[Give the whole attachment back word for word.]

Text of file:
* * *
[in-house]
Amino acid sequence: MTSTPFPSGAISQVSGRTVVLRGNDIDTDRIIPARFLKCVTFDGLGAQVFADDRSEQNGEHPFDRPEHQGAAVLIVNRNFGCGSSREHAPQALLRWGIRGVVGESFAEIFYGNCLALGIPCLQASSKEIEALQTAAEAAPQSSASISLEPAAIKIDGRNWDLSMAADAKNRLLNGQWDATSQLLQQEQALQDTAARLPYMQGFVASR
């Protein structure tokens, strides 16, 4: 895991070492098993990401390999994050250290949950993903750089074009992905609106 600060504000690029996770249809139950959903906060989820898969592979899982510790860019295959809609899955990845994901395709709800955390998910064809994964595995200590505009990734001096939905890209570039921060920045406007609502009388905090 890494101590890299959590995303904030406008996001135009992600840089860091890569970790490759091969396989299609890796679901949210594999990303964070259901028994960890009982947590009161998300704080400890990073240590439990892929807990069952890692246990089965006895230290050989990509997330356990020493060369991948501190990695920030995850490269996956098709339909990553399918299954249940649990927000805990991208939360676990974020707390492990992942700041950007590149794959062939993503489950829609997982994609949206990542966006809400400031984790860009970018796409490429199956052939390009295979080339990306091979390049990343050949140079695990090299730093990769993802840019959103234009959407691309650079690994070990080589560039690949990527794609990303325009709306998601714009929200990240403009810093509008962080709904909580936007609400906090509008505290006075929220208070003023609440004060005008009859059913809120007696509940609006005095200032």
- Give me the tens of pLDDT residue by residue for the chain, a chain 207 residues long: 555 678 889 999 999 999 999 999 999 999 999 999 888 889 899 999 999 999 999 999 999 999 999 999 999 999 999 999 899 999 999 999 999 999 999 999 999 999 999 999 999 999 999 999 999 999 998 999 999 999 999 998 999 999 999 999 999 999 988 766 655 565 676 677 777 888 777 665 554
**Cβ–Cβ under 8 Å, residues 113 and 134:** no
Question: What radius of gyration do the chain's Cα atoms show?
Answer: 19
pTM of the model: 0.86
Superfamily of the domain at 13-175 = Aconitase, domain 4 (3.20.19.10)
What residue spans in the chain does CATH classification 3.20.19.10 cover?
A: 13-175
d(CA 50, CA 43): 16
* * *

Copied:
[in-house]
Amino acid sequence: MTSTPFPSGAISQVSGRTVVLRGNDIDTDRIIPARFLKCVTFDGLGAQVFADDRSEQNGEHPFDRPEHQGAAVLIVNRNFGCGSSREHAPQALLRWGIRGVVGESFAEIFYGNCLALGIPCLQASSKEIEALQTAAEAAPQSSASISLEPAAIKIDGRNWDLSMAADAKNRLLNGQWDATSQLLQQEQALQDTAARLPYMQGFVASR
């Protein structure tokens, strides 16, 4: 895991070492098993990401390999994050250290949950993903750089074009992905609106 600060504000690029996770249809139950959903906060989820898969592979899982510790860019295959809609899955990845994901395709709800955390998910064809994964595995200590505009990734001096939905890209570039921060920045406007609502009388905090 890494101590890299959590995303904030406008996001135009992600840089860091890569970790490759091969396989299609890796679901949210594999990303964070259901028994960890009982947590009161998300704080400890990073240590439990892929807990069952890692246990089965006895230290050989990509997330356990020493060369991948501190990695920030995850490269996956098709339909990553399918299954249940649990927000805990991208939360676990974020707390492990992942700041950007590149794959062939993503489950829609997982994609949206990542966006809400400031984790860009970018796409490429199956052939390009295979080339990306091979390049990343050949140079695990090299730093990769993802840019959103234009959407691309650079690994070990080589560039690949990527794609990303325009709306998601714009929200990240403009810093509008962080709904909580936007609400906090509008505290006075929220208070003023609440004060005008009859059913809120007696509940609006005095200032």
- Give me the tens of pLDDT residue by residue for the chain, a chain 207 residues long: 555 678 889 999 999 999 999 999 999 999 999 999 888 889 899 999 999 999 999 999 999 999 999 999 999 999 999 999 899 999 999 999 999 999 999 999 999 999 999 999 999 999 999 999 999 999 998 999 999 999 999 998 999 999 999 999 999 999 988 766 655 565 676 677 777 888 777 665 554
**Cβ–Cβ under 8 Å, residues 113 and 134:** no
Question: What radius of gyration do the chain's Cα atoms show?
Answer: 19
pTM of the model: 0.86
Superfamily of the domain at 13-175 = Aconitase, domain 4 (3.20.19.10)
What residue spans in the chain does CATH classification 3.20.19.10 cover?
A: 13-175
d(CA 50, CA 43): 16